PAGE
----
Doctors diagnose and prescribe drugs but can't dispense them; pharmacists do dispense drugs (and know medicines better than anyone) but can't diagnose (despite knowing a lot about health).
The gap has of course narrowed in many ways, for instance our GP clients own dispensing pharmacies, they have established private medical services within pharmacies, and they employ pharmacists to see patients for basic conditions. But the integration of pharmacists with general practice is set to develop significantly now that the NHS has provided funding. For instance Healthbridge Direct, a GP federation in the Redbridge area of East London, was one of the 73 successful applicants (from over 300 who applied) for a share of a £31 million NHS fund. This will enable them to embed a resident pharmacist within certain GP practices. If it is successful, expect this model to be replicated more widely.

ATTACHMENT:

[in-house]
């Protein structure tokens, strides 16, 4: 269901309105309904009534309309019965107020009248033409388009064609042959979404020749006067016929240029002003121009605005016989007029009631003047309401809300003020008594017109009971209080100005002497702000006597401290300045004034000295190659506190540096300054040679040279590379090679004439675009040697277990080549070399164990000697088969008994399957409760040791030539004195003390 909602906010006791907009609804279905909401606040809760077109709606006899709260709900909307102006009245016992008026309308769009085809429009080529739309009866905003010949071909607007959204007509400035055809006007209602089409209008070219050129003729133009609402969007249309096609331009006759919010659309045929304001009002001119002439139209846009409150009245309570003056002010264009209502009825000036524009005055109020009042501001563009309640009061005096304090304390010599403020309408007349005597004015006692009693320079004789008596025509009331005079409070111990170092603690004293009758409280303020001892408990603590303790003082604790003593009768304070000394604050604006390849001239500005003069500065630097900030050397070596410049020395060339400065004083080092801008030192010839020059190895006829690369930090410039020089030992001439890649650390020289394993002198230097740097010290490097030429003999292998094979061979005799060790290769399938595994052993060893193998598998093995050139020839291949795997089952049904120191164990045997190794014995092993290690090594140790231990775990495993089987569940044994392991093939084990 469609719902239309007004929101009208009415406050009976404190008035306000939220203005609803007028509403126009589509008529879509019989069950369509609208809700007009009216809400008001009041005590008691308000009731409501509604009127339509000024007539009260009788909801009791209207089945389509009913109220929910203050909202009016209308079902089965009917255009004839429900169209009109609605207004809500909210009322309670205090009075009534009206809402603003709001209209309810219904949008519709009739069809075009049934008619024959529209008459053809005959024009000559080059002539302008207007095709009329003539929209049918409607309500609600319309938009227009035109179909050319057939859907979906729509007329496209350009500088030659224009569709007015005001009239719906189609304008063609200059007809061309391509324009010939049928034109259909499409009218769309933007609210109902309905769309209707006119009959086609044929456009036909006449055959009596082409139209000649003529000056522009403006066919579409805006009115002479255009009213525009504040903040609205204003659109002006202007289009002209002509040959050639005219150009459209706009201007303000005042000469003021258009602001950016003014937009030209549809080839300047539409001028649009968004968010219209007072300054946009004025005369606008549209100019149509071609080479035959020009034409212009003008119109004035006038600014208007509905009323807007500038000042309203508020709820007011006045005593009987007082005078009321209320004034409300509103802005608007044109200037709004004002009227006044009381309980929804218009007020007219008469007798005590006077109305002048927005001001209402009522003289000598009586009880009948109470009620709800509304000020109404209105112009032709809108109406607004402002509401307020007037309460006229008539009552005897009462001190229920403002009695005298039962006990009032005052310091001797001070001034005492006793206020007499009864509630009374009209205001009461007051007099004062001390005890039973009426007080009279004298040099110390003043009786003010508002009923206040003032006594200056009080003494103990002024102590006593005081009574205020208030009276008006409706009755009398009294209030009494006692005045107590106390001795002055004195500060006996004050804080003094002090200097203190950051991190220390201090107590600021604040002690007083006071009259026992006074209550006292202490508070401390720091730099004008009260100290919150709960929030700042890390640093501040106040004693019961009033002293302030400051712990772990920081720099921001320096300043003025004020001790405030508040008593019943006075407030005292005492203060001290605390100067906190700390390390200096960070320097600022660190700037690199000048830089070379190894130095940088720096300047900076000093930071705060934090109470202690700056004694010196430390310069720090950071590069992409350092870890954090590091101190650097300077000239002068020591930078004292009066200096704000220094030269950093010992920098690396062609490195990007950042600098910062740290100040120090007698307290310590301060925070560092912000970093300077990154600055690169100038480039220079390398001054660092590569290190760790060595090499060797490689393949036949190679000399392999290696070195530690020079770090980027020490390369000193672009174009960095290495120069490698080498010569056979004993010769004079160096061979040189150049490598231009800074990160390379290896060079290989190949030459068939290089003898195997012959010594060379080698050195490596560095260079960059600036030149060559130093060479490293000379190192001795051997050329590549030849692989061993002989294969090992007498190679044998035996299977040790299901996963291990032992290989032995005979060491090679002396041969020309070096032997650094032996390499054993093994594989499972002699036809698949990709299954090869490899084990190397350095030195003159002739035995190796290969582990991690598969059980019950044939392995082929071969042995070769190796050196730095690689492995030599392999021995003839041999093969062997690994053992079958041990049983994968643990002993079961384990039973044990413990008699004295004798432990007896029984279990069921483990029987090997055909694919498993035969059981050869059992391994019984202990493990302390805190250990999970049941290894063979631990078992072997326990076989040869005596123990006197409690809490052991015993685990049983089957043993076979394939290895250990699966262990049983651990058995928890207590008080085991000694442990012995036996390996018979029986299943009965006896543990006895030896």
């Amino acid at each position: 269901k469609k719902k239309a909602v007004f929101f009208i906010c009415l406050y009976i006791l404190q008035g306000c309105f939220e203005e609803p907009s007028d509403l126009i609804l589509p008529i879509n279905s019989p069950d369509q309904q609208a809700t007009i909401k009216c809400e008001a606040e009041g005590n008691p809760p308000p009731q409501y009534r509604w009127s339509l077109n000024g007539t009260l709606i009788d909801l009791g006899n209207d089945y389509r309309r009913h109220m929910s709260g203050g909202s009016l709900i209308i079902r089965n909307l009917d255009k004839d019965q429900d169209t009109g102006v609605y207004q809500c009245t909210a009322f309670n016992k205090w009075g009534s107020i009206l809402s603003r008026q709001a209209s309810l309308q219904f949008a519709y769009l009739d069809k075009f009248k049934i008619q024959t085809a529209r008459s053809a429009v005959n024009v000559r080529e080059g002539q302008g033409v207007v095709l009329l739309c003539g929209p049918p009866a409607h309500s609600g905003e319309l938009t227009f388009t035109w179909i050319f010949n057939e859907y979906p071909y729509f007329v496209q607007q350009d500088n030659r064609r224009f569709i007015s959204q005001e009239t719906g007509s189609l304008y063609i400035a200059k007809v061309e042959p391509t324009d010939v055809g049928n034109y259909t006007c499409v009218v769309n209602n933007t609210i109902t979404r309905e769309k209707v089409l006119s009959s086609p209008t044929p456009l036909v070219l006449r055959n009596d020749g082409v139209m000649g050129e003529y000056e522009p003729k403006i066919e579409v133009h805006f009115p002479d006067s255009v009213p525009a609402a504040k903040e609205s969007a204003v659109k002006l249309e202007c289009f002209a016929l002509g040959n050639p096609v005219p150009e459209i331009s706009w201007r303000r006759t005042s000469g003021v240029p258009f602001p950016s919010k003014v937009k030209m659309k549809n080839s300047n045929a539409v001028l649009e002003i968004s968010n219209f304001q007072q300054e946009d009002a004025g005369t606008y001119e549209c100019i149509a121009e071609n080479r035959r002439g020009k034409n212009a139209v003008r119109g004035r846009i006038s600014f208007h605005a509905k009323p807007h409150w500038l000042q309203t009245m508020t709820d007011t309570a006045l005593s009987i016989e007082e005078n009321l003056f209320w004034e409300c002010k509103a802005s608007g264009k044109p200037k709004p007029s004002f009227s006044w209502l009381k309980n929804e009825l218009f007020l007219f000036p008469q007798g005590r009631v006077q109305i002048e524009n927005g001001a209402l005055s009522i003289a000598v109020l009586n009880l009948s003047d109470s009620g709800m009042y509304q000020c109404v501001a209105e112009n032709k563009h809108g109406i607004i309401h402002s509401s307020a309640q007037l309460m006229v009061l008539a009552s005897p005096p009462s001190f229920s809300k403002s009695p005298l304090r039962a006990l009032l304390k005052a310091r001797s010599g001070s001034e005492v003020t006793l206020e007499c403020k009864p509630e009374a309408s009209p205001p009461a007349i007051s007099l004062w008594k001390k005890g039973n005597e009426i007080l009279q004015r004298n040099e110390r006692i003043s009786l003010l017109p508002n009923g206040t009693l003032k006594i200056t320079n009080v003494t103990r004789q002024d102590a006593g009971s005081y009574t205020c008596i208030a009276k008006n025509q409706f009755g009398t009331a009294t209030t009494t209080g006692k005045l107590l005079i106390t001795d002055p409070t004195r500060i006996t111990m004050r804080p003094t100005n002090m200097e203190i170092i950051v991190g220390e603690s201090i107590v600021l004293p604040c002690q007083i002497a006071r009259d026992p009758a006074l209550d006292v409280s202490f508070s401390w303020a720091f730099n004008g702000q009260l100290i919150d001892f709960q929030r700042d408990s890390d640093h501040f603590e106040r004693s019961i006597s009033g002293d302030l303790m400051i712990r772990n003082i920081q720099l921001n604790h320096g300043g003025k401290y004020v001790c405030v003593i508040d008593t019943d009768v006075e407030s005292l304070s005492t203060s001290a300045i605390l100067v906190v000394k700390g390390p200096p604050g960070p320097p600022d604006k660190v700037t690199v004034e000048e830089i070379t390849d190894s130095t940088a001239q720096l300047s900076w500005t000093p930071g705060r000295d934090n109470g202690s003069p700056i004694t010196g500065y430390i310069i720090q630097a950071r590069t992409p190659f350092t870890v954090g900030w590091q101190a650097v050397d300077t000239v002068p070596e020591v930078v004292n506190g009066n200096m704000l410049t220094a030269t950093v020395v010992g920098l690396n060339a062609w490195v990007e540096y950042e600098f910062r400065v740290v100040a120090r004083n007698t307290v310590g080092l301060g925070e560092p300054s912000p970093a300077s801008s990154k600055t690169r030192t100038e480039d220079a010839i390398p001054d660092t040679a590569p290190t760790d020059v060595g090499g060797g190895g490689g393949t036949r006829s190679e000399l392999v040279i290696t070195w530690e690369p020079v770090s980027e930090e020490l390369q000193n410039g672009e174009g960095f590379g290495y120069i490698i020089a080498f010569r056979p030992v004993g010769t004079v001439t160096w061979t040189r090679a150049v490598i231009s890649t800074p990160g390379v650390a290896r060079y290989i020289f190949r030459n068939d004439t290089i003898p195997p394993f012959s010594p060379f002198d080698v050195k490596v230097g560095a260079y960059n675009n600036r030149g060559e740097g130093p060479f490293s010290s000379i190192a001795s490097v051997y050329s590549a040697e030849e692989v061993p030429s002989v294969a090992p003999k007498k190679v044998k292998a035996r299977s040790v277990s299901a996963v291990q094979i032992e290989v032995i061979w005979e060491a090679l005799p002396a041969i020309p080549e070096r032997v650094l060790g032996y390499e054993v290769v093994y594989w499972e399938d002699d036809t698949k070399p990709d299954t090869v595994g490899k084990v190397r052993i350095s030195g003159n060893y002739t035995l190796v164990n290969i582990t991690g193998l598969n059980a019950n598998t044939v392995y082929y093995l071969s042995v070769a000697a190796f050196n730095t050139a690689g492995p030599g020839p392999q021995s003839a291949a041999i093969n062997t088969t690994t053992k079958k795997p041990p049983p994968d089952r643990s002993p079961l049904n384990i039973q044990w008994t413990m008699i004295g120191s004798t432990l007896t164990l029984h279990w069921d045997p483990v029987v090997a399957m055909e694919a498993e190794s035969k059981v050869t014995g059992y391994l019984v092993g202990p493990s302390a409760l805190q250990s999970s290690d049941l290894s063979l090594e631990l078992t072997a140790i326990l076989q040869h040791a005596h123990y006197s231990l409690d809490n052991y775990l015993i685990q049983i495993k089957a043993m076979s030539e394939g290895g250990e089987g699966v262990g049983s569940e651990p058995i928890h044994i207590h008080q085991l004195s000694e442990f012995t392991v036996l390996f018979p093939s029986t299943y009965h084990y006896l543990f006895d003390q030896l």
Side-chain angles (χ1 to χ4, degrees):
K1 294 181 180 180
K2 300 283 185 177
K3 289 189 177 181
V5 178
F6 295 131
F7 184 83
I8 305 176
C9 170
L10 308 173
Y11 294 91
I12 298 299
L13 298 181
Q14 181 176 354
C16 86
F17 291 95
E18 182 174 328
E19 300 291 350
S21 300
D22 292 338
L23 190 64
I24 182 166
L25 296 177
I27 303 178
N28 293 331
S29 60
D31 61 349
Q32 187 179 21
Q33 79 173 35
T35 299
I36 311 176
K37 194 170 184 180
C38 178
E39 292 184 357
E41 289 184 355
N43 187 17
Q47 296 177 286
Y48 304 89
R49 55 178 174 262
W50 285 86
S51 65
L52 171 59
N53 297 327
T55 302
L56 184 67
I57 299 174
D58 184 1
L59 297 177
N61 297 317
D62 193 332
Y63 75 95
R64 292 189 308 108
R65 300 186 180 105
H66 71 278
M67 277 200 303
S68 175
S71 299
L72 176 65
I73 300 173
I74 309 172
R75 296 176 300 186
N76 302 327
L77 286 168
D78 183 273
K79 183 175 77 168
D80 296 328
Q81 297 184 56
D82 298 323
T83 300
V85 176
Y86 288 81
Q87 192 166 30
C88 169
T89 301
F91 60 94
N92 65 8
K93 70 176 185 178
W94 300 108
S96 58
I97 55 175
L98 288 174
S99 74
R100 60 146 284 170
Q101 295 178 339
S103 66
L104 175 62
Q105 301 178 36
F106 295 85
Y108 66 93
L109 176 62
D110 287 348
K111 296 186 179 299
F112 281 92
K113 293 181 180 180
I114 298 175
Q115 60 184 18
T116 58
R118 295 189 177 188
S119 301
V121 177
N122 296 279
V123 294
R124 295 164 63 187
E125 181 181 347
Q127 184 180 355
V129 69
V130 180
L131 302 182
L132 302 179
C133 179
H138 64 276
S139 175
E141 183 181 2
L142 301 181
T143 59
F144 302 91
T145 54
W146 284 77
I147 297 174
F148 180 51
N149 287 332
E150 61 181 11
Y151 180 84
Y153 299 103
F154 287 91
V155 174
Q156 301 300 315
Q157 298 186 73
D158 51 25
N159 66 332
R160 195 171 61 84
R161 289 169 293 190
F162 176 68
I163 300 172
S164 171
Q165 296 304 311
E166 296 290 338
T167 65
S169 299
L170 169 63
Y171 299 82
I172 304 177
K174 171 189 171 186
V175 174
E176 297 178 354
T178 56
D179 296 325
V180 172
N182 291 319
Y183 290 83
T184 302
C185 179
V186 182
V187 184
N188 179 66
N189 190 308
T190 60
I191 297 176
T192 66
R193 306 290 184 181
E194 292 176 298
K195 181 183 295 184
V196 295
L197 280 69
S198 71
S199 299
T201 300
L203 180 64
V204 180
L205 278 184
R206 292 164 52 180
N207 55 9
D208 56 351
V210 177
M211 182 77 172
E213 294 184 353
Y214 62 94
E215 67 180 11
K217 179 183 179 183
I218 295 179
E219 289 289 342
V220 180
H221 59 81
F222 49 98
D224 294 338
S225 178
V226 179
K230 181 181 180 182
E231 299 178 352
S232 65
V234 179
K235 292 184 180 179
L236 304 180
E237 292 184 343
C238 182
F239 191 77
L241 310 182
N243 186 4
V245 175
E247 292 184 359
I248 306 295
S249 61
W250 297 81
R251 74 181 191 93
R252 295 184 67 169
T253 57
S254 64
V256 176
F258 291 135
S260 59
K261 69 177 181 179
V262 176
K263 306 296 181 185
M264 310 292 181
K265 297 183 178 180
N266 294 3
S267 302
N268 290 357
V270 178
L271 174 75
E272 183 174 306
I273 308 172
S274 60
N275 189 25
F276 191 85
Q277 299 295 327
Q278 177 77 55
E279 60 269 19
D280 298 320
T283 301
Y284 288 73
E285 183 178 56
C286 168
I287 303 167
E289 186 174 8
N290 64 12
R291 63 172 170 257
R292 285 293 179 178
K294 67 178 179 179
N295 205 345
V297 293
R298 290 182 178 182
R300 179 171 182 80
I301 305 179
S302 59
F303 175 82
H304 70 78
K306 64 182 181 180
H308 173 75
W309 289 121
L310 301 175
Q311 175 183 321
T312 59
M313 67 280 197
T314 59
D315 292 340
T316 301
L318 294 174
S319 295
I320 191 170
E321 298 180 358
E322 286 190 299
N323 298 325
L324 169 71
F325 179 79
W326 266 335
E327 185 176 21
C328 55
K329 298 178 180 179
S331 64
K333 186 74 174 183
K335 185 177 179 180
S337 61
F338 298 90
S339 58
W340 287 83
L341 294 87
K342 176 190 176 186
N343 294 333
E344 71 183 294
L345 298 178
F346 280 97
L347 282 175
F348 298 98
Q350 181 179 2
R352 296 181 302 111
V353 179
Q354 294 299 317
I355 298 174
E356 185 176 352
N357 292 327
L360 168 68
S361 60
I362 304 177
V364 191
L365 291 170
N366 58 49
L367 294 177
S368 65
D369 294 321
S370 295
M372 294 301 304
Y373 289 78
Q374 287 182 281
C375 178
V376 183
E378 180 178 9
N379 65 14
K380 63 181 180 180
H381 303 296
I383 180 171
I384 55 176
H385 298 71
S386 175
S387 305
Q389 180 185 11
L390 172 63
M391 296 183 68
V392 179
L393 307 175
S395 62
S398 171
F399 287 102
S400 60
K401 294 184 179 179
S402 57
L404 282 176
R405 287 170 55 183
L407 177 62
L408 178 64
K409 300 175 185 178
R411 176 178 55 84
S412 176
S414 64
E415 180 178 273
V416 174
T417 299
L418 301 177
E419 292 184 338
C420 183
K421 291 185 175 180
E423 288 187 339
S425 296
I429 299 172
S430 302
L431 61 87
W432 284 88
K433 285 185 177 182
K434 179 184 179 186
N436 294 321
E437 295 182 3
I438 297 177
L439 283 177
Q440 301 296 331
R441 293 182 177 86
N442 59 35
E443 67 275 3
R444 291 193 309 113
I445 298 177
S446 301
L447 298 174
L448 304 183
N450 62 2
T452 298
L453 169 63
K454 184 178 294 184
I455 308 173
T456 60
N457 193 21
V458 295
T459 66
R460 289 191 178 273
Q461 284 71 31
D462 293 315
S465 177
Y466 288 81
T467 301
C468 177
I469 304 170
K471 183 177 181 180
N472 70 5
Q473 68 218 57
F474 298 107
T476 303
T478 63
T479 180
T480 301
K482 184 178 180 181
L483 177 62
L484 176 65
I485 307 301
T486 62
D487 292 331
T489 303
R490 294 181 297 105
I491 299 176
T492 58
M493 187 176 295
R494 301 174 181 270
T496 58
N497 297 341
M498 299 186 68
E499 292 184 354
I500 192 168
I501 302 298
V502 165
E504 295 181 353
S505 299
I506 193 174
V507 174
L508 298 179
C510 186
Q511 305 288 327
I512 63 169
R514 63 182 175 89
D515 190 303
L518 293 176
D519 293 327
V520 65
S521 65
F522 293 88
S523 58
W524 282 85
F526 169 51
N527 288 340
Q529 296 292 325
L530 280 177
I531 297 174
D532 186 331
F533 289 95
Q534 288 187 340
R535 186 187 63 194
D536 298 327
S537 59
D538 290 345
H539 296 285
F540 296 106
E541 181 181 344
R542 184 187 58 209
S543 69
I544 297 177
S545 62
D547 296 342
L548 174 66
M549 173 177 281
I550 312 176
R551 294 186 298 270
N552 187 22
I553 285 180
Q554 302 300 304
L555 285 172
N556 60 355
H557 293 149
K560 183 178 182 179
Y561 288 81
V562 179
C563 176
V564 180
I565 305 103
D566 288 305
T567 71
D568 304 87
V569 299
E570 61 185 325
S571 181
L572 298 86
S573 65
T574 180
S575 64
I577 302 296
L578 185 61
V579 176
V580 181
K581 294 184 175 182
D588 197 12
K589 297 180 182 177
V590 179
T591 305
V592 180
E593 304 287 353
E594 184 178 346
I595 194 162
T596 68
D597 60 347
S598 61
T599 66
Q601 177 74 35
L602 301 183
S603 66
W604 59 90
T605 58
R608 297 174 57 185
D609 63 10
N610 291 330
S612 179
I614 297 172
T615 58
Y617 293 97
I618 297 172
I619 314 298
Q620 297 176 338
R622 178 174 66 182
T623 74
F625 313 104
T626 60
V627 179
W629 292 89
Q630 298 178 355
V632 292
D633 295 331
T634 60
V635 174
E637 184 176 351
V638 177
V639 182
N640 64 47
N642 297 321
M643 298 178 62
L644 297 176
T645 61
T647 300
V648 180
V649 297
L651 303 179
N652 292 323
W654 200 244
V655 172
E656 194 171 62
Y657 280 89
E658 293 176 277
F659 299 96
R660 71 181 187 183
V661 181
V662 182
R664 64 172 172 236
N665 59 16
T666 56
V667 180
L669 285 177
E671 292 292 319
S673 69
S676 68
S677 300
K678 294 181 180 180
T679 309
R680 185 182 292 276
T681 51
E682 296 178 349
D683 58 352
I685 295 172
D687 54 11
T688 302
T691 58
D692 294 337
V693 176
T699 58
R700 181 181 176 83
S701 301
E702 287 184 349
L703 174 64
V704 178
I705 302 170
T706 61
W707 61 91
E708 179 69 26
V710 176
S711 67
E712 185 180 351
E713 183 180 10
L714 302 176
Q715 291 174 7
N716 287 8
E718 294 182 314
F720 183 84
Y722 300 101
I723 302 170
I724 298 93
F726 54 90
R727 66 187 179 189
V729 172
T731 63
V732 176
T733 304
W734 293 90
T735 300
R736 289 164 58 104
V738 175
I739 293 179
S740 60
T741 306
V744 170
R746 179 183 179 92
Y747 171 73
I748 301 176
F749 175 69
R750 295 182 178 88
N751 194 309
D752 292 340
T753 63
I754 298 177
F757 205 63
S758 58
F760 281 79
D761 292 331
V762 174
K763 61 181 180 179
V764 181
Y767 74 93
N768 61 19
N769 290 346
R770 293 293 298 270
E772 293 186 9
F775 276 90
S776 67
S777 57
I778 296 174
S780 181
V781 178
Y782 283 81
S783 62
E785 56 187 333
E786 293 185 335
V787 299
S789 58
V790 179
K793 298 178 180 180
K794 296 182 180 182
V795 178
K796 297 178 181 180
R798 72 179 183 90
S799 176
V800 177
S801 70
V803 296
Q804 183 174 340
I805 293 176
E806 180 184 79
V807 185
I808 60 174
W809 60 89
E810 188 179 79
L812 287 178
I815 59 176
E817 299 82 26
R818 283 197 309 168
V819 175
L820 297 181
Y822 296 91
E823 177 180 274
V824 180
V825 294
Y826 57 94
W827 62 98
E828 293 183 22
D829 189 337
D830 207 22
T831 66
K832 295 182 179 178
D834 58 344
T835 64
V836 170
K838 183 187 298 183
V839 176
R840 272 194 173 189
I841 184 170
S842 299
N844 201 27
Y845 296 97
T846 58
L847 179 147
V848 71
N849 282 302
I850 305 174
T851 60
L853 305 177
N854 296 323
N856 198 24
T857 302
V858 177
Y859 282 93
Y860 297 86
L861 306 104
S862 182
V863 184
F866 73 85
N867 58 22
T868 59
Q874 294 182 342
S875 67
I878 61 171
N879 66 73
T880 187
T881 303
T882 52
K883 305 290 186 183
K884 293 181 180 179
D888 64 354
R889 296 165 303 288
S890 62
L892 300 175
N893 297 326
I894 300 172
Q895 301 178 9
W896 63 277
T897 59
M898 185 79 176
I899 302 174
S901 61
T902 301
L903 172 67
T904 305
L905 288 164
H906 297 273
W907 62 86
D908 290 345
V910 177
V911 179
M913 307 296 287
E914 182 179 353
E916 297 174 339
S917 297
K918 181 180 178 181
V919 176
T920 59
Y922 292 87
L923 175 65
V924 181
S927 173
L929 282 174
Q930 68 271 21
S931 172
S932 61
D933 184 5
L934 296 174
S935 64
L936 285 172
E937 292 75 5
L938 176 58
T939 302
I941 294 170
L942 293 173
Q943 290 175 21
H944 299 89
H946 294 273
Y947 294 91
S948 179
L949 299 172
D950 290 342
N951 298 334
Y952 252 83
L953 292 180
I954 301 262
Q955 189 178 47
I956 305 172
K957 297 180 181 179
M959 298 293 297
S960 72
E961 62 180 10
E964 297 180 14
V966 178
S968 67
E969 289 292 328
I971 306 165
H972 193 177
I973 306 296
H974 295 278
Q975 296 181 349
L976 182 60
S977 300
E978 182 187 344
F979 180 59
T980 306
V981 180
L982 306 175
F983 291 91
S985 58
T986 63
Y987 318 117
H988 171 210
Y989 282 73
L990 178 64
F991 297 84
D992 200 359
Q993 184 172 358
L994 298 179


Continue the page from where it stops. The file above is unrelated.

The Royal Pharmaceutical Society proposed a new £20m Pharmacy Integration Fund to enable pharmacists to provide more direct care to patients, integrated into new care models. More information can be found here.
There has long been talk of pharmacists' resources helping under-resourced GPs, but it looks like the talk is turning into action.